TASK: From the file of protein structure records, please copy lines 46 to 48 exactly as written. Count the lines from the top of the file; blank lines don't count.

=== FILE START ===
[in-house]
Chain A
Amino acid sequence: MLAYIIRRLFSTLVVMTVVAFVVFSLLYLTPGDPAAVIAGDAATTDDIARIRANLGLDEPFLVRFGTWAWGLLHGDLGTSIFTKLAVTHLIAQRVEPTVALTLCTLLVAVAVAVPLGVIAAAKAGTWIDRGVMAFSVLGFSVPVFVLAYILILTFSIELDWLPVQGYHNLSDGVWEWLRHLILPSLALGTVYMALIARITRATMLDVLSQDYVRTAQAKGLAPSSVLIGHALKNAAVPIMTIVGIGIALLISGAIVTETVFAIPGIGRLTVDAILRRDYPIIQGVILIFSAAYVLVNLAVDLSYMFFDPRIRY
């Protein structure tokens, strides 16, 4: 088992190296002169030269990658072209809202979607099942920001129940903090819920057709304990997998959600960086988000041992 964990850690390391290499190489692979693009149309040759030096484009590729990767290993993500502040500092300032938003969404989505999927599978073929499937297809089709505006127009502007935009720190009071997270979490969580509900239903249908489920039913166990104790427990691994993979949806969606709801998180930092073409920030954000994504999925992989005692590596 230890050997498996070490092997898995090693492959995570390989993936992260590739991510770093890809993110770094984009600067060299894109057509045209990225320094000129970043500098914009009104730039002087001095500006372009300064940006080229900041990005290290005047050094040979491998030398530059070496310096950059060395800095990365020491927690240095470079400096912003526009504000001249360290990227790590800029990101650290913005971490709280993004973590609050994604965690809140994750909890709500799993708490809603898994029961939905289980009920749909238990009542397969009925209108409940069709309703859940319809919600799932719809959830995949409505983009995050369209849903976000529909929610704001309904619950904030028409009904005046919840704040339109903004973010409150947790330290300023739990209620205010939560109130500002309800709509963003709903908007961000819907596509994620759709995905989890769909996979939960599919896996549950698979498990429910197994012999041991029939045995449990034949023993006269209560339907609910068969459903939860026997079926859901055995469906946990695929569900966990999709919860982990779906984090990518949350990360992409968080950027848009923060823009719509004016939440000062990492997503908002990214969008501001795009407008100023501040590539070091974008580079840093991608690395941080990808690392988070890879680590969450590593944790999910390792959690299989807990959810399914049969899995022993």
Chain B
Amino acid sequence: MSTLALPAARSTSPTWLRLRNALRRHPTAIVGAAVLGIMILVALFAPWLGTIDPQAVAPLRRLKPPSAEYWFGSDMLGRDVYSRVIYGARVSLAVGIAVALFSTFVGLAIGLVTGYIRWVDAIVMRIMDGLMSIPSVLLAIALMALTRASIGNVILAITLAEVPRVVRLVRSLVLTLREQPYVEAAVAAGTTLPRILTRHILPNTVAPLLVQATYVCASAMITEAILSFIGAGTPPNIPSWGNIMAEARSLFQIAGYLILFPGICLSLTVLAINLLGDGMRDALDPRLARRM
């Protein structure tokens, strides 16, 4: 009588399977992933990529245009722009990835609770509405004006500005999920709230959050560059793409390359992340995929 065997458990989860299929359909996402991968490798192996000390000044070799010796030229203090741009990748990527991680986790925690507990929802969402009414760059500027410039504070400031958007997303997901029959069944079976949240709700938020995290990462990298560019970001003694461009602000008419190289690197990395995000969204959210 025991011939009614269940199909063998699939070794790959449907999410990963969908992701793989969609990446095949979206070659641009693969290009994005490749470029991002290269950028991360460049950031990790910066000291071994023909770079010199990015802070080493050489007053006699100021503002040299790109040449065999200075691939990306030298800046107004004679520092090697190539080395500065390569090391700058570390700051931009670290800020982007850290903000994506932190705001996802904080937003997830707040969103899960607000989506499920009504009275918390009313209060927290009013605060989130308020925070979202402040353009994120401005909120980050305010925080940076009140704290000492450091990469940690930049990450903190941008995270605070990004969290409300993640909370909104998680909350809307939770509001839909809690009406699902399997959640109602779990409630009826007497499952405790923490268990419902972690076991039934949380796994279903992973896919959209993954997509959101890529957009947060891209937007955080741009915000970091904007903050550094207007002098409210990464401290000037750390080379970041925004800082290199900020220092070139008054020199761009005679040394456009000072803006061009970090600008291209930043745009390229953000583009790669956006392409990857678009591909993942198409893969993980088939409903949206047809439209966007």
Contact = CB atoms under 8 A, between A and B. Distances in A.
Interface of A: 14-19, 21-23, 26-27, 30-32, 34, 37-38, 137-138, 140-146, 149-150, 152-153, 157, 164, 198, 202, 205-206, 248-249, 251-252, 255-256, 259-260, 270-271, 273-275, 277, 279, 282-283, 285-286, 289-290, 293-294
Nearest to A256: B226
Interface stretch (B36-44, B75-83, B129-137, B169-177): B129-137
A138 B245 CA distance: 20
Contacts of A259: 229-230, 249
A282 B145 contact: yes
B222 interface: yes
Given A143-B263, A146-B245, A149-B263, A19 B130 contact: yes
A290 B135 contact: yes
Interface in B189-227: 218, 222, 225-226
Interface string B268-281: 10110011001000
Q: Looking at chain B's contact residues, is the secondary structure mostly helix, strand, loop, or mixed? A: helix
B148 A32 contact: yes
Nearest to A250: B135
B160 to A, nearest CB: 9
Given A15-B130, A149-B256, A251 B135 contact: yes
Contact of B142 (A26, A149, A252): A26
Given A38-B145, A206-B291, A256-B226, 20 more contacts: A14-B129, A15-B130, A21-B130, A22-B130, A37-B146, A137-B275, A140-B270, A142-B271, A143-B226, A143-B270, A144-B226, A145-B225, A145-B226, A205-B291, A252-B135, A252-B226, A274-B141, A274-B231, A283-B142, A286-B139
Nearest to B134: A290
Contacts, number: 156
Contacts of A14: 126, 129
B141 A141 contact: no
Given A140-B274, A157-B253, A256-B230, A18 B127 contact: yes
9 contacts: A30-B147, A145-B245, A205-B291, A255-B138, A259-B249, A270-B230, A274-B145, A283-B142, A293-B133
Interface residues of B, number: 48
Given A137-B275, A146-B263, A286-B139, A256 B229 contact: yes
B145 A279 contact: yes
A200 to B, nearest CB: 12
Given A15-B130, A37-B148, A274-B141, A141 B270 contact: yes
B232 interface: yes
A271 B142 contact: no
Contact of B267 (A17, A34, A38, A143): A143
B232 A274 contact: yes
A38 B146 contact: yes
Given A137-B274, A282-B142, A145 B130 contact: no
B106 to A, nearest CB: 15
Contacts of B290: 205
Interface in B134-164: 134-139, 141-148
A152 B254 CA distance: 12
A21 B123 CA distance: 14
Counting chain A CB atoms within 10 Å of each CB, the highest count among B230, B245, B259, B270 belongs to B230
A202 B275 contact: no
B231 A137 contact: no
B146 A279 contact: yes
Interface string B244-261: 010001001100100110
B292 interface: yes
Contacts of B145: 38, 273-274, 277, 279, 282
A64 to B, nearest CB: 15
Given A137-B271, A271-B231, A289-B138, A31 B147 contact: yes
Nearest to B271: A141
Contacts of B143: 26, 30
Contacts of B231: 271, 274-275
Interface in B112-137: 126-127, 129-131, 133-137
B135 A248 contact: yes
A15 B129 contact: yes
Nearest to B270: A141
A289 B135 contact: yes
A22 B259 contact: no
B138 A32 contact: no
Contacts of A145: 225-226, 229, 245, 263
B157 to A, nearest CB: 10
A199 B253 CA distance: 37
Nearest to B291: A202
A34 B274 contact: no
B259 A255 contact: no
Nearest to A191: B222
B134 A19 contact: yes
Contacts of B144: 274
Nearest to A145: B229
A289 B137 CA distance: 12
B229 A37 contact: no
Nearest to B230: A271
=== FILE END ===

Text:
Interface in B134-164: 134-139, 141-148
A152 B254 CA distance: 12
A21 B123 CA distance: 14